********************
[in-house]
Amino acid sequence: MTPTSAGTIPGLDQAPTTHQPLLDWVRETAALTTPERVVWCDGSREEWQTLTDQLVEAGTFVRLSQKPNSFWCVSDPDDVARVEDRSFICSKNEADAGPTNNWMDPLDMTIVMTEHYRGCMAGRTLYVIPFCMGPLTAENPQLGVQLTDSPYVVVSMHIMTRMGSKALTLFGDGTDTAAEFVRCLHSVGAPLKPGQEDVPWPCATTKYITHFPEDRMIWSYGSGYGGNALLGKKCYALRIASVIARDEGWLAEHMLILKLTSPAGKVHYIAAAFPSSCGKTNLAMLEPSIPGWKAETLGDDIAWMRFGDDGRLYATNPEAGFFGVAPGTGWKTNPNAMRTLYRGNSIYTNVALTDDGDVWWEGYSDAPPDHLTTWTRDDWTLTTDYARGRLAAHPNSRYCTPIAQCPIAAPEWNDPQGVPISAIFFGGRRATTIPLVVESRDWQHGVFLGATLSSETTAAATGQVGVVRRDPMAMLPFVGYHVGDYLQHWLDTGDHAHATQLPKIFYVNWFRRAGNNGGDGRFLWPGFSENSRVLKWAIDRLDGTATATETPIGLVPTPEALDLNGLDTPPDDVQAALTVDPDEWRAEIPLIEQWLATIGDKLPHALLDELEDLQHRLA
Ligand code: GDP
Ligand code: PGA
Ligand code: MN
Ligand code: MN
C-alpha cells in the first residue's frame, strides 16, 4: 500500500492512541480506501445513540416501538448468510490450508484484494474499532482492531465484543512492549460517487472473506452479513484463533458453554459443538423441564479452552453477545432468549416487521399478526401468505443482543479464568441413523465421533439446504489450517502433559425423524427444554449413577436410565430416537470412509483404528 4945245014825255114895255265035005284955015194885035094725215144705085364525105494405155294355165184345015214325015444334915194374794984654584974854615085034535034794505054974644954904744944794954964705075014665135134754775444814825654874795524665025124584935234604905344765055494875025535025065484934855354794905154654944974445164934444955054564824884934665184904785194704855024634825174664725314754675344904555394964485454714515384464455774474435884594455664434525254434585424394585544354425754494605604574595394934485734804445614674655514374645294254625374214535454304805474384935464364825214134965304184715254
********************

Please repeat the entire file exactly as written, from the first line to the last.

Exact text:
[in-house]
Amino acid sequence: MTPTSAGTIPGLDQAPTTHQPLLDWVRETAALTTPERVVWCDGSREEWQTLTDQLVEAGTFVRLSQKPNSFWCVSDPDDVARVEDRSFICSKNEADAGPTNNWMDPLDMTIVMTEHYRGCMAGRTLYVIPFCMGPLTAENPQLGVQLTDSPYVVVSMHIMTRMGSKALTLFGDGTDTAAEFVRCLHSVGAPLKPGQEDVPWPCATTKYITHFPEDRMIWSYGSGYGGNALLGKKCYALRIASVIARDEGWLAEHMLILKLTSPAGKVHYIAAAFPSSCGKTNLAMLEPSIPGWKAETLGDDIAWMRFGDDGRLYATNPEAGFFGVAPGTGWKTNPNAMRTLYRGNSIYTNVALTDDGDVWWEGYSDAPPDHLTTWTRDDWTLTTDYARGRLAAHPNSRYCTPIAQCPIAAPEWNDPQGVPISAIFFGGRRATTIPLVVESRDWQHGVFLGATLSSETTAAATGQVGVVRRDPMAMLPFVGYHVGDYLQHWLDTGDHAHATQLPKIFYVNWFRRAGNNGGDGRFLWPGFSENSRVLKWAIDRLDGTATATETPIGLVPTPEALDLNGLDTPPDDVQAALTVDPDEWRAEIPLIEQWLATIGDKLPHALLDELEDLQHRLA
Ligand code: GDP
Ligand code: PGA
Ligand code: MN
Ligand code: MN
C-alpha cells in the first residue's frame, strides 16, 4: 500500500492512541480506501445513540416501538448468510490450508484484494474499532482492531465484543512492549460517487472473506452479513484463533458453554459443538423441564479452552453477545432468549416487521399478526401468505443482543479464568441413523465421533439446504489450517502433559425423524427444554449413577436410565430416537470412509483404528 4945245014825255114895255265035005284955015194885035094725215144705085364525105494405155294355165184345015214325015444334915194374794984654584974854615085034535034794505054974644954904744944794954964705075014665135134754775444814825654874795524665025124584935234604905344765055494875025535025065484934855354794905154654944974445164934444955054564824884934665184904785194704855024634825174664725314754675344904555394964485454714515384464455774474435884594455664434525254434585424394585544354425754494605604574595394934485734804445614674655514374645294254625374214535454304805474384935464364825214134965304184715254